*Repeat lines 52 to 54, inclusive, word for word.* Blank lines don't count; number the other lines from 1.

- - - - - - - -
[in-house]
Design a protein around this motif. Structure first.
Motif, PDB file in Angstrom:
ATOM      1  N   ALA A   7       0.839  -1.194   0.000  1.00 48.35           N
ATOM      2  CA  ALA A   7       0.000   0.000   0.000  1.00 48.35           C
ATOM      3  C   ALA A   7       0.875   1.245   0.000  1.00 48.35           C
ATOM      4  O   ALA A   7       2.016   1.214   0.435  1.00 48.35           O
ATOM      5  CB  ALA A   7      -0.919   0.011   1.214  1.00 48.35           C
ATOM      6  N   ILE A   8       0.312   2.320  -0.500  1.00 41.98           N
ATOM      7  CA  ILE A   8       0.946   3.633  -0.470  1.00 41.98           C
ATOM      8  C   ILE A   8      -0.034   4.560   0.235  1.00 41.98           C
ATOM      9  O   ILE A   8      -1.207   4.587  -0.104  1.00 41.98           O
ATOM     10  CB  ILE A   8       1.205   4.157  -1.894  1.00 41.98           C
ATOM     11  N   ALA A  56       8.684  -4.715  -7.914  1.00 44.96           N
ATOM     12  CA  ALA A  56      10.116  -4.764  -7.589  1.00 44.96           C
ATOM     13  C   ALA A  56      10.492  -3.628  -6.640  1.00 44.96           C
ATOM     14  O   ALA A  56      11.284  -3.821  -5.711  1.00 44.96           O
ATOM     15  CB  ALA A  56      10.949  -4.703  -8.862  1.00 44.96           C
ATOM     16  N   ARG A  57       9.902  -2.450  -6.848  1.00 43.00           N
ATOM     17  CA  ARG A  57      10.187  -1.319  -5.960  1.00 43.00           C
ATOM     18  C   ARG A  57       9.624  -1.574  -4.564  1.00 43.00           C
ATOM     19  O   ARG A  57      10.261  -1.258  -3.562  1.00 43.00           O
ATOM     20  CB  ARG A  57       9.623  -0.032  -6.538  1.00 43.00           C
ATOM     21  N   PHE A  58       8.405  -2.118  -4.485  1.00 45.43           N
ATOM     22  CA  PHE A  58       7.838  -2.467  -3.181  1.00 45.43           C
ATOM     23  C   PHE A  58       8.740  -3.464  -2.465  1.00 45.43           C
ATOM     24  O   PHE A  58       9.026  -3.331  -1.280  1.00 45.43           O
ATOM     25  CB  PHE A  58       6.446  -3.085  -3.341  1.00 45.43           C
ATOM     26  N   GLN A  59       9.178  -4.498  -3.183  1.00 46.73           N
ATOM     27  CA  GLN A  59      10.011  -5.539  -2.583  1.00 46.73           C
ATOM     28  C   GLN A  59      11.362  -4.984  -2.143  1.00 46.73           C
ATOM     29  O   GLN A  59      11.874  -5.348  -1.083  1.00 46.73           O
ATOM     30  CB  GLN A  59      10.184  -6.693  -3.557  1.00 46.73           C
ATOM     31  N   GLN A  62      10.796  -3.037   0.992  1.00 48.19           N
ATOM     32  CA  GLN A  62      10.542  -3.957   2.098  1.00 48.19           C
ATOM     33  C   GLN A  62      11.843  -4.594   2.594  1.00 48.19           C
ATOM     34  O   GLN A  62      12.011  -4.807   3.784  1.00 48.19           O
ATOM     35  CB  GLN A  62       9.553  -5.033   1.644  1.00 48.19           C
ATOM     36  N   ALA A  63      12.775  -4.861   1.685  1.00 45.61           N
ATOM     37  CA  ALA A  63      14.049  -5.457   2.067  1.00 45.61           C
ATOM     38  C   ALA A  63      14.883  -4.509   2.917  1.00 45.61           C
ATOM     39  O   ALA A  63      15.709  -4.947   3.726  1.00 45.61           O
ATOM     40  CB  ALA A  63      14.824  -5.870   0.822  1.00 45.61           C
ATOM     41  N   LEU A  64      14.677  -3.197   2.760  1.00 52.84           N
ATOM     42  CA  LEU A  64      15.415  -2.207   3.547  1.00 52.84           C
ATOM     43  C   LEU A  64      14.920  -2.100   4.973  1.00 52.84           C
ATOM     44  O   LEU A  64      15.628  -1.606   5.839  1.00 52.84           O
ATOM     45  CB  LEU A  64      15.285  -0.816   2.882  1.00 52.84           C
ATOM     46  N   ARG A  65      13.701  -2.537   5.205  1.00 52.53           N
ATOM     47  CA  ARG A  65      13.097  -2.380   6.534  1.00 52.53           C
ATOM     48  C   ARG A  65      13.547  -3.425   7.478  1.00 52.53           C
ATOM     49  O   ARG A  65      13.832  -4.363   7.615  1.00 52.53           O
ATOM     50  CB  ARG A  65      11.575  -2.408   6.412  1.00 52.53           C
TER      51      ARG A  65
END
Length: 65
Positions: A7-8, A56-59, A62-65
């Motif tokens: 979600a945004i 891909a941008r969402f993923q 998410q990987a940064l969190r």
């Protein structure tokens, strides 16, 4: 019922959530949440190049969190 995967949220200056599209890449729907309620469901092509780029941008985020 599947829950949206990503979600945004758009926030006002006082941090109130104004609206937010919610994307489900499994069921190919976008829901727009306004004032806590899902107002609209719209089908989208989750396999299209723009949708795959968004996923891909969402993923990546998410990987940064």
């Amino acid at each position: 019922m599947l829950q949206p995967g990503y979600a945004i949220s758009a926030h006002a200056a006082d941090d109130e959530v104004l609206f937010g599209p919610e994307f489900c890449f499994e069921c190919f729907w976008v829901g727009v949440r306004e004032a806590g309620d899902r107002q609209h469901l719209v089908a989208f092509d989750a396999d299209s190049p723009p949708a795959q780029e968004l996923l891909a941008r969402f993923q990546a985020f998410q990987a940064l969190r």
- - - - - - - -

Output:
ATOM     49  O   ARG A  65      13.832  -4.363   7.615  1.00 52.53           O
ATOM     50  CB  ARG A  65      11.575  -2.408   6.412  1.00 52.53           C
TER      51      ARG A  65